Vince Carter: His rise and fall with the Raptors

From the electrifying dunks of his high-scoring early days to his knee troubles and unceremonious exit from Toronto, we trace Vince Carter's Raptors arc as the team honours its former star on Wednesday night.

Toronto's 1st NBA star electrified before injuries

Vince Carter electrified Raptors fans upon his NBA debut in the lockout-shortened 1999 season. (Fernando Medina/NBAE via Getty Images)

As part of the team's 20th-anniversary celebrations, the Toronto Raptors will show a video tribute to Vince Carter during Wednesday night's game against the Memphis Grizzlies, Carter's current club.

The montage will likely focus on the sunnier moments of Carter's tenure with the Raps — highlight-reel dunks, game-winning shots, that sort of thing — but here's a more balanced collection of moments tracing the arc of Toronto's first, and most polarizing, pro basketball star.

Rookie sensation

Debuting in the NBA's lockout-shortened 1999 season — the fourth for the fledgling Raptors — Carter quickly became a fan favourite with a soaring offensive game that earned him the nickname "Air Canada." He won rookie of the year honours after averaging 18.3 points and throwing down countless highlight-reel dunks.

Slam dunk champ

Carter ascended to full-fledged stardom in his second season, when he scored 25.7 points per game (fourth-highest in the league) and lifted Toronto to its first playoff appearance in franchise history. But his most memorable moment came at the Slam Dunk Contest during the NBA's All-Star Weekend in Oakland, where Carter delivered perhaps the greatest performance in the history of the event.

The (missed) Shot

As "Vin-sanity" gripped Toronto in his third season, Carter averaged a career-best 27.6 points to lead the Raptors to their first (and still only) second-round playoff appearance. But the run is best remembered for how it ended. With Philadelphia leading by a point in the final seconds of Game 7, Carter had a shot to win the series off an inbounds play. But his long jumper missed, fuelling critics' cries that he shouldn't have flown to the University of North Carolina for his graduation ceremony that morning. Never mind that he scored 20 of Toronto's 87 points and dished out nine assists.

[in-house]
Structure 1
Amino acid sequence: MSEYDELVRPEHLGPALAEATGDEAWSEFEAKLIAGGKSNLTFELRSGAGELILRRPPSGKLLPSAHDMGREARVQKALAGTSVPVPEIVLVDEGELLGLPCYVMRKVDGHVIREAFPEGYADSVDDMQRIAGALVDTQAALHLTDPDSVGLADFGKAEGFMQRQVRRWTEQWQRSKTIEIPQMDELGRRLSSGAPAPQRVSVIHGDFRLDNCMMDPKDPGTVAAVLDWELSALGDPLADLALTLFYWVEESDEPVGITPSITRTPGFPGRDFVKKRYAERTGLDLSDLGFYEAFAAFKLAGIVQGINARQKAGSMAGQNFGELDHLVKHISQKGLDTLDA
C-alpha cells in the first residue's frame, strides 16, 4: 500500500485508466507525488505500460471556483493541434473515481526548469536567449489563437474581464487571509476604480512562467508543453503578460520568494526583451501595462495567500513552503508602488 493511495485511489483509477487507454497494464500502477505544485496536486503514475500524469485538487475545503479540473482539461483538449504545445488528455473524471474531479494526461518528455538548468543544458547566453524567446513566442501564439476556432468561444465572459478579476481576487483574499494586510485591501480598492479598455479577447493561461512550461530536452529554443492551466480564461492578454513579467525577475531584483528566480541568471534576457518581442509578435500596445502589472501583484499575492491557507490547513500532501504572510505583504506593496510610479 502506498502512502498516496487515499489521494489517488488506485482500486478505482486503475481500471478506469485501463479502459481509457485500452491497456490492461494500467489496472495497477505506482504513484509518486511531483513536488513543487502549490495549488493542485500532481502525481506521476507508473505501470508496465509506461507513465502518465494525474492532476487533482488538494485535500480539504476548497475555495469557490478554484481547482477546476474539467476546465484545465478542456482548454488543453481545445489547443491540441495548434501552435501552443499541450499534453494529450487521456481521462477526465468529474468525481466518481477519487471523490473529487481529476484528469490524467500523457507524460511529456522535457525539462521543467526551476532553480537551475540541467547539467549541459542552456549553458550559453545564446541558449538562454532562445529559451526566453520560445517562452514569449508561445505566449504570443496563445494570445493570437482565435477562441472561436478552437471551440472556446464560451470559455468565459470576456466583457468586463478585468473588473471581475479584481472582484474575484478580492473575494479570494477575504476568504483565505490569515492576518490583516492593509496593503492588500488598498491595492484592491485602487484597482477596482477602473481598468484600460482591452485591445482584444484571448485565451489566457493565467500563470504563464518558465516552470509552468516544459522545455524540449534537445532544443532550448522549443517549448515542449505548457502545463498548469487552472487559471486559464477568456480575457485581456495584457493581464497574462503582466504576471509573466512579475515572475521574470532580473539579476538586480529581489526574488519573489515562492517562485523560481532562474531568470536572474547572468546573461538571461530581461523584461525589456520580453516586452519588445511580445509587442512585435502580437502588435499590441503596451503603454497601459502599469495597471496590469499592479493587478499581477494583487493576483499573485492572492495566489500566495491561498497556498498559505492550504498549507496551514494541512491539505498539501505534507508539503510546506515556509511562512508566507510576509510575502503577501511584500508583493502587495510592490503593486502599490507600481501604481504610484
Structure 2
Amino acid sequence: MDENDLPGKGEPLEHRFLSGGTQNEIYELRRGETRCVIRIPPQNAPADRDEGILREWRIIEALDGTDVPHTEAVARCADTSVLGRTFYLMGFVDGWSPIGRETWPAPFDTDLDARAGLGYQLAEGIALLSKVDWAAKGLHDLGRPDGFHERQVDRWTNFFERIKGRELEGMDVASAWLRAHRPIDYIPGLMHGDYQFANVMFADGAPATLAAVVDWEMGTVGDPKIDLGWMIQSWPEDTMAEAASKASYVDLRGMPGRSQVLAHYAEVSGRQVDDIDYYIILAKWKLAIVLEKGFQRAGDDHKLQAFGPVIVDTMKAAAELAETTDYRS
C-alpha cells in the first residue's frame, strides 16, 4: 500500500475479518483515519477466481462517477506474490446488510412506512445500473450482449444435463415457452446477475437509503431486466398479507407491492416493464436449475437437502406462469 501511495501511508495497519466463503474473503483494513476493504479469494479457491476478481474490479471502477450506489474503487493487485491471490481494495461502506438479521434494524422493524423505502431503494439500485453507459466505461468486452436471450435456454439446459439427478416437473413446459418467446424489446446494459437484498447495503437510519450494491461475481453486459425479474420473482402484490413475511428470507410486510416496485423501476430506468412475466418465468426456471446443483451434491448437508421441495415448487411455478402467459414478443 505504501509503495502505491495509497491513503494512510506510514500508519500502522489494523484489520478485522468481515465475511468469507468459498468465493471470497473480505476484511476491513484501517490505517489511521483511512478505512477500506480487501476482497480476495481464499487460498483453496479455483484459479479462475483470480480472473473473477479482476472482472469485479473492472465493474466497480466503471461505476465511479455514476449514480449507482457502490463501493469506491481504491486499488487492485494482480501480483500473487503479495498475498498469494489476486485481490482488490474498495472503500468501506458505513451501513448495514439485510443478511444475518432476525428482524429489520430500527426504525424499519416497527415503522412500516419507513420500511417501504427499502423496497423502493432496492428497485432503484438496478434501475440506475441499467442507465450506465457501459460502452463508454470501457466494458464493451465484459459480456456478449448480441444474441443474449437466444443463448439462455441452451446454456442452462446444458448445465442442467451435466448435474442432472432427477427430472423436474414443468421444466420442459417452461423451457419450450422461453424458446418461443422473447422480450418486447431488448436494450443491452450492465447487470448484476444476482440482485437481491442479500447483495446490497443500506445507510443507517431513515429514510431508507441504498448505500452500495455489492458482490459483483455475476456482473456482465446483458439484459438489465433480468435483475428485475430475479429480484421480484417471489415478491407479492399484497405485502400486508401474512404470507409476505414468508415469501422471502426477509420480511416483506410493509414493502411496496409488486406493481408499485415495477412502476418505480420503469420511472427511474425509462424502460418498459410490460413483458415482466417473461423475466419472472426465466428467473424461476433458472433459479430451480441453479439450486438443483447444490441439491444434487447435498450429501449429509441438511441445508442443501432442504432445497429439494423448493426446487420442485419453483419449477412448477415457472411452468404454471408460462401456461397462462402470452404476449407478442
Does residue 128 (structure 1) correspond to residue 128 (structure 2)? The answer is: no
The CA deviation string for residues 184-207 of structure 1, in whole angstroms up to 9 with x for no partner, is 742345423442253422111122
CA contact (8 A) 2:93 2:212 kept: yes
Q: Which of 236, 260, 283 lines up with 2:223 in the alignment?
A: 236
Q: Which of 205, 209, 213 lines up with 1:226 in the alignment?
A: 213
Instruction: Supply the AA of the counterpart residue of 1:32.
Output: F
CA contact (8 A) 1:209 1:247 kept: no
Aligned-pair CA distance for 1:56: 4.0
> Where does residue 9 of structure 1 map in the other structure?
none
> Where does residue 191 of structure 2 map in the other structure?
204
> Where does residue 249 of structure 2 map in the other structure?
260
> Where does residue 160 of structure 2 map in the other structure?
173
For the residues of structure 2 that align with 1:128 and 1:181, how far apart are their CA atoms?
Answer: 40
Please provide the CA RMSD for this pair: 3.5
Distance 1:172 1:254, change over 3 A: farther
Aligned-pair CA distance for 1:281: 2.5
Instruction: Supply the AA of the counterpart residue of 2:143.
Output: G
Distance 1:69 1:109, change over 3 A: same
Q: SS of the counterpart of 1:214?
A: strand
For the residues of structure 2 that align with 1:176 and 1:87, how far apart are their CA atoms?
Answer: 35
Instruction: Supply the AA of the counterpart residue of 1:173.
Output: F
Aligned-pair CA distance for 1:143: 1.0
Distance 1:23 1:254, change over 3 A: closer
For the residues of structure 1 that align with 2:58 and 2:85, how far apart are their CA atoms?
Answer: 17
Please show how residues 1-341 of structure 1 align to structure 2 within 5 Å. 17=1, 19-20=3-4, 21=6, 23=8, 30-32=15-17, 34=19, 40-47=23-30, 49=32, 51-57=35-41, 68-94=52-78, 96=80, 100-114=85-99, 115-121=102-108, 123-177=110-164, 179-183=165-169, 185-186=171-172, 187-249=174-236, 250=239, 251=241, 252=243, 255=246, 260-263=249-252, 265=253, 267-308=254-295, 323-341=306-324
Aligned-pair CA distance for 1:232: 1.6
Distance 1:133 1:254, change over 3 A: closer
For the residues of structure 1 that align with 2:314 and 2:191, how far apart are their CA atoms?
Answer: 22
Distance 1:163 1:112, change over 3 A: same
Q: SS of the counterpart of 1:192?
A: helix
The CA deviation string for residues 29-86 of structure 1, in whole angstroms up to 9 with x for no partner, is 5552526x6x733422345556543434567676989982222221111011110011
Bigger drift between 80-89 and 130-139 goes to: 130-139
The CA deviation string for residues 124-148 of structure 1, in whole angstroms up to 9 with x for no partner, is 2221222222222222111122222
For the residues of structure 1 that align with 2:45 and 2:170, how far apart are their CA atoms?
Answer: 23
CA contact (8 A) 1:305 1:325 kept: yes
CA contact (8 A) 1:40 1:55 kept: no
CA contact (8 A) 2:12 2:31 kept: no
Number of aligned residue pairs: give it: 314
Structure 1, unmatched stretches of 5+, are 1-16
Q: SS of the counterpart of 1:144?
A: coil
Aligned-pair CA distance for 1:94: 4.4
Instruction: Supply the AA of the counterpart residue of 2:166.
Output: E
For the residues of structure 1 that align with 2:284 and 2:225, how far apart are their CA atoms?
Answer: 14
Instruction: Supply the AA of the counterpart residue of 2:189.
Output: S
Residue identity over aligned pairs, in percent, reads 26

Wince Carter

Things never seemed quite the same after Carter missed the shot against Philly. With a new six-year, $94-million US extension in his pocket and a target on his back, Carter began showing the effects of what would become career-altering problems with his knees. While fans in some corners questioned his toughness and commitment, Carter missed the final 22 games of the regular season and the Raptors' first-round playoff loss to Detroit with a knee injury that would require off-season surgery. He'd come back, but his best days in Toronto were behind him.

The trade

While Carter remained a productive player in subsequent years, he seemed less explosive (and less happy) as the Raptors struggled. Amid reports he was feuding with management and coach Sam Mitchell, Carter was traded to New Jersey in December 2004 for a package of mostly irrelevant players and draft picks. In his first game back in Toronto the following April, Carter was jeered by Raptors fans — a treatment he'd receive for years to come in the town that once embraced him.


Some credit Carter with inspiring a generation of Toronto-area kids to excel at hoops. Seems a valid argument when you consider the likes of recent No. 1 overall draft picks Andrew Wiggins and Anthony Bennett, and first-rounders Nik Stauskas, Tristan Thompson and Cory Joseph were all growing up around Toronto during the time when Carter starred for the Raptors. Wiggins, a high-school sensation who's now in his NBA rookie year with Minnesota, especially evokes Carter with his height, silky moves and eye-popping dunks.

Elder statesman

And let's take a moment to salute the 38-year-old Vince, who had the skills (and the sense) to overcome his physical limitations and reinvent himself as a useful role player who's now in his 17th pro season — and still capable of delivering moments like this one in last spring's playoffs:


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